Study links periodontitis and COVID-19 complications

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Study links periodontitis and COVID-19 complications

A recent study has suggested that COVID-19 patients with periodontitis are at higher risk of being admitted to an intensive care unit. (Image: Sirichai Saengcharnchai/Shutterstock)
Franziska Beier, Dental Tribune International

Franziska Beier, Dental Tribune International

Tue. 9. February 2021


DOHA, Qatar: Since periodontitis and COVID-19 are both associated with systemic inflammation, researchers from Qatar University and Hamad Medical Corporation in Qatar have investigated the connection of periodontitis with severe outcomes of the respiratory syndrome. The study findings supported a link between the two diseases, as COVID-19 patients with periodontitis were more likely to experience complications or to die.

Numerous previous studies have highlighted that periodontitis may impact systemic health and that it is associated with non-communicable diseases such as diabetes and cardiovascular disease and even with premature mortality. A possible link with COVID-19 has been the subject of earlier studies, as reported by Dental Tribune International back in October.

This recent study involved 568 patients diagnosed with SARS-CoV-2 between February and July 2020. Of these patients, 258 presented with periodontitis and 40 had COVID-19-related complications. Among the patients with periodontitis, 33 (12.8%) experienced severe COVID-19 outcomes in contrast to seven of the 310 patients (2.3%) without periodontitis.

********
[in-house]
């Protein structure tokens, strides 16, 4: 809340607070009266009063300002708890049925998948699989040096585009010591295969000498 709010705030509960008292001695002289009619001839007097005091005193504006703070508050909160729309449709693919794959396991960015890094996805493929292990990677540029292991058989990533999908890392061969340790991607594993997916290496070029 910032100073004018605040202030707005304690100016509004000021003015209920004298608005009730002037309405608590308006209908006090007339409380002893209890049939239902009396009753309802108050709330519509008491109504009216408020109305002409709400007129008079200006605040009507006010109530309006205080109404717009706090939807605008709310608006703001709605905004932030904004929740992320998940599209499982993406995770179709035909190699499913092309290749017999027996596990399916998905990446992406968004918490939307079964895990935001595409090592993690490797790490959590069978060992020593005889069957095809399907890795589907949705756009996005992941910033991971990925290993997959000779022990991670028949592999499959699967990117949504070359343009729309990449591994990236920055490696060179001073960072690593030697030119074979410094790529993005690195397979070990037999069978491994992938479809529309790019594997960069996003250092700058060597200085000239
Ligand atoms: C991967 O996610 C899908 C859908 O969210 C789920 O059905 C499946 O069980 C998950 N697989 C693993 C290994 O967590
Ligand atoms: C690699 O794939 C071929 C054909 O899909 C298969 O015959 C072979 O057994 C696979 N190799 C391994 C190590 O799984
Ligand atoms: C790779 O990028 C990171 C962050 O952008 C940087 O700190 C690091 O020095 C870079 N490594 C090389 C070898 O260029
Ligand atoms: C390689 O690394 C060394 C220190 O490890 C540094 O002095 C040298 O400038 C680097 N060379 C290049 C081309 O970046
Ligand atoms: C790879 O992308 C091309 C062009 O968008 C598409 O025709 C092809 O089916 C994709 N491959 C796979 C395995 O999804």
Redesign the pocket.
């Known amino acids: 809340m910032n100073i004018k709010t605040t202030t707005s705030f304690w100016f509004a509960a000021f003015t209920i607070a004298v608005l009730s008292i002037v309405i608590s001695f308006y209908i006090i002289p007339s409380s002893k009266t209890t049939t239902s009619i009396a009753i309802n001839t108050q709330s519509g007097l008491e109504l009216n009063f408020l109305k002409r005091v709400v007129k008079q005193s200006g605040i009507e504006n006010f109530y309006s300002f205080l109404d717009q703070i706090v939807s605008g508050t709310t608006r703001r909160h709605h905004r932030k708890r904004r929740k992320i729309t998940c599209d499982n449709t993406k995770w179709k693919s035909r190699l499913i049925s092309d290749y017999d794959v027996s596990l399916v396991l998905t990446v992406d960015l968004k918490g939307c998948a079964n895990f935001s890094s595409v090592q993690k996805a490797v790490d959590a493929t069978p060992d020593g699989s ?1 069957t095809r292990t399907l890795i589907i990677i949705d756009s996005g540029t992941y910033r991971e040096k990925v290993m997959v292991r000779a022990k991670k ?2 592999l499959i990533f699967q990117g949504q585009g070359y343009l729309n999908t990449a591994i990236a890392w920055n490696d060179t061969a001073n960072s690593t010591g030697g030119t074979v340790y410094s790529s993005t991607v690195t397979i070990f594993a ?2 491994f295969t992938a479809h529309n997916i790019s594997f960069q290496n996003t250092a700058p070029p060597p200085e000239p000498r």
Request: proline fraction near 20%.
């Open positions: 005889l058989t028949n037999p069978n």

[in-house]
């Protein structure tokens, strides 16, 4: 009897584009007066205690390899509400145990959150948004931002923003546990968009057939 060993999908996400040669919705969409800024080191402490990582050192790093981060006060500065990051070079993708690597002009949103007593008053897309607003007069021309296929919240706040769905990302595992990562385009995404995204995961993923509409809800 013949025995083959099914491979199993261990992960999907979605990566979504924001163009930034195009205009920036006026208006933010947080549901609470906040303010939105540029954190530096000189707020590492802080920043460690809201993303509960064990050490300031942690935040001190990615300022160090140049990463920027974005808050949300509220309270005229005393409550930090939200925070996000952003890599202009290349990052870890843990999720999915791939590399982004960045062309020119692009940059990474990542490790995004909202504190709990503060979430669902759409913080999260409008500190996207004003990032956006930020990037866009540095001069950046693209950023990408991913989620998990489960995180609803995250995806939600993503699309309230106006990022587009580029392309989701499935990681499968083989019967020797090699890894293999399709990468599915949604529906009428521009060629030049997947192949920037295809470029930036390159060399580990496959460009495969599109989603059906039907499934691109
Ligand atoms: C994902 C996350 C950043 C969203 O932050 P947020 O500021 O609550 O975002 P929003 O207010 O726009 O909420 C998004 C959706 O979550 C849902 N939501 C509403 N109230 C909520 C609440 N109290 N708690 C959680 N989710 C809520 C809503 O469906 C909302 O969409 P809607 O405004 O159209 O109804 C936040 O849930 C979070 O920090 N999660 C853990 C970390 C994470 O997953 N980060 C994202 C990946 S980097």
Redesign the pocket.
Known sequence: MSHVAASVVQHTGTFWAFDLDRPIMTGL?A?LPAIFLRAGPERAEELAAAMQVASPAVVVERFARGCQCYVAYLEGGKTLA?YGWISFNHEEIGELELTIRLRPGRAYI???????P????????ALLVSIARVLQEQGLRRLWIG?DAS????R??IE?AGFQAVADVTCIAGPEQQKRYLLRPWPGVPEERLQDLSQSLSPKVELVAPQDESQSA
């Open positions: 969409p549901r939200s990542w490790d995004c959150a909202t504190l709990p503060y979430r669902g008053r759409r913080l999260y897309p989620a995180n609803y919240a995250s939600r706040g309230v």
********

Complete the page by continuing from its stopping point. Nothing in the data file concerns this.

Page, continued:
After adjusting for factors such as age, sex, body mass index, smoking status and other conditions, the research team found that COVID-19 patients with periodontitis were 3.67 times more likely to experience all of the COVID-19 complications considered in the study, 3.54 times more likely to be admitted to an intensive care unit, 4.57 times more likely to require a ventilator and 8.81 times more likely to die, compared with patients without periodontitis.

In addition, blood markers indicating inflammation in the body were significantly higher in COVID-19 patients who had periodontitis compared with those who did not. According to the researchers, the heightened inflammation scores may be an explanation for the raised complication rates.

Nevertheless, the researchers pointed out that the study has limitations and its results need to be taken with caution, as it did not address causality. They highlighted the need for future research, including interventional studies focused on the influence of periodontitis and periodontal treatments on SARS-CoV-2 infections.

In a press release by the European Federation of Periodontology (EFP), co-author Prof. Mariano Sanz from Complutense University of Madrid in Spain noted that patients with periodontitis may inhale oral bacteria and in this manner their lungs may become infected. This is particularly dangerous for patients using a ventilator. “This may contribute to the deterioration of patients with COVID-19 and raise the risk of death,” he said. “Hospital staff should identify COVID-19 patients with periodontitis and use oral antiseptics to reduce transmission of bacteria.”

“The results of the study suggest that the inflammation in the oral cavity may open the door to the coronavirus becoming more violent,” added Dr Lior Shapira, EFP president-elect and professor of periodontics at the Hebrew University—Hadassah School of Dental Medicine in Israel. “Oral care should be part of the health recommendations to reduce the risk for severe COVID-19 outcomes.”

The study, titled “Association between periodontitis and severity of COVID‐19 infection: A case‐control study”, was published online on 1 February 2021 in the Journal of Clinical Periodontology, ahead of inclusion in an issue.

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